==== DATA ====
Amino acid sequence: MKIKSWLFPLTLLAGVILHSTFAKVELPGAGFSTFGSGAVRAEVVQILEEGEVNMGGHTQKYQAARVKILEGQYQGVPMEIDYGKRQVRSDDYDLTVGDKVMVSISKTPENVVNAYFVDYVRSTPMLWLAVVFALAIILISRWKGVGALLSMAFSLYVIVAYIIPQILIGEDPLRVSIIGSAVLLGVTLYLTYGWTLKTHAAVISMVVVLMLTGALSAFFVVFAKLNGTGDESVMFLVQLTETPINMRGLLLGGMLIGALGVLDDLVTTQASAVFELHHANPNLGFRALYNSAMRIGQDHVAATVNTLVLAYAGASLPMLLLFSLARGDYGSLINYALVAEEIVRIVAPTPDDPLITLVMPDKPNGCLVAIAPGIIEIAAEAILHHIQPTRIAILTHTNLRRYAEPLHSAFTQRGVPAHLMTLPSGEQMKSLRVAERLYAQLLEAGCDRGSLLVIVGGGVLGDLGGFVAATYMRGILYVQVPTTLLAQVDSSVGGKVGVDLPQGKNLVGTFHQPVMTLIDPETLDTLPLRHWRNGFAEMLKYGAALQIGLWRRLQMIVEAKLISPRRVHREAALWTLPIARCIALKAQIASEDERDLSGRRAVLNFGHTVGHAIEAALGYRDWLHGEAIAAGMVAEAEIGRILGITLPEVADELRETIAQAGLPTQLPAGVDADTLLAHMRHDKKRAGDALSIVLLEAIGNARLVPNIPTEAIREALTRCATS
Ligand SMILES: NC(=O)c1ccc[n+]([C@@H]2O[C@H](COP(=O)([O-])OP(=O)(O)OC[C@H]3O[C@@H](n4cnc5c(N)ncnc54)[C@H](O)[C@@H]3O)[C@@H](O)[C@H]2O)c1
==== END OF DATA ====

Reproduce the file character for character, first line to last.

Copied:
Amino acid sequence: MKIKSWLFPLTLLAGVILHSTFAKVELPGAGFSTFGSGAVRAEVVQILEEGEVNMGGHTQKYQAARVKILEGQYQGVPMEIDYGKRQVRSDDYDLTVGDKVMVSISKTPENVVNAYFVDYVRSTPMLWLAVVFALAIILISRWKGVGALLSMAFSLYVIVAYIIPQILIGEDPLRVSIIGSAVLLGVTLYLTYGWTLKTHAAVISMVVVLMLTGALSAFFVVFAKLNGTGDESVMFLVQLTETPINMRGLLLGGMLIGALGVLDDLVTTQASAVFELHHANPNLGFRALYNSAMRIGQDHVAATVNTLVLAYAGASLPMLLLFSLARGDYGSLINYALVAEEIVRIVAPTPDDPLITLVMPDKPNGCLVAIAPGIIEIAAEAILHHIQPTRIAILTHTNLRRYAEPLHSAFTQRGVPAHLMTLPSGEQMKSLRVAERLYAQLLEAGCDRGSLLVIVGGGVLGDLGGFVAATYMRGILYVQVPTTLLAQVDSSVGGKVGVDLPQGKNLVGTFHQPVMTLIDPETLDTLPLRHWRNGFAEMLKYGAALQIGLWRRLQMIVEAKLISPRRVHREAALWTLPIARCIALKAQIASEDERDLSGRRAVLNFGHTVGHAIEAALGYRDWLHGEAIAAGMVAEAEIGRILGITLPEVADELRETIAQAGLPTQLPAGVDADTLLAHMRHDKKRAGDALSIVLLEAIGNARLVPNIPTEAIREALTRCATS
Ligand SMILES: NC(=O)c1ccc[n+]([C@@H]2O[C@H](COP(=O)([O-])OP(=O)(O)OC[C@H]3O[C@@H](n4cnc5c(N)ncnc54)[C@H](O)[C@@H]3O)[C@@H](O)[C@H]2O)c1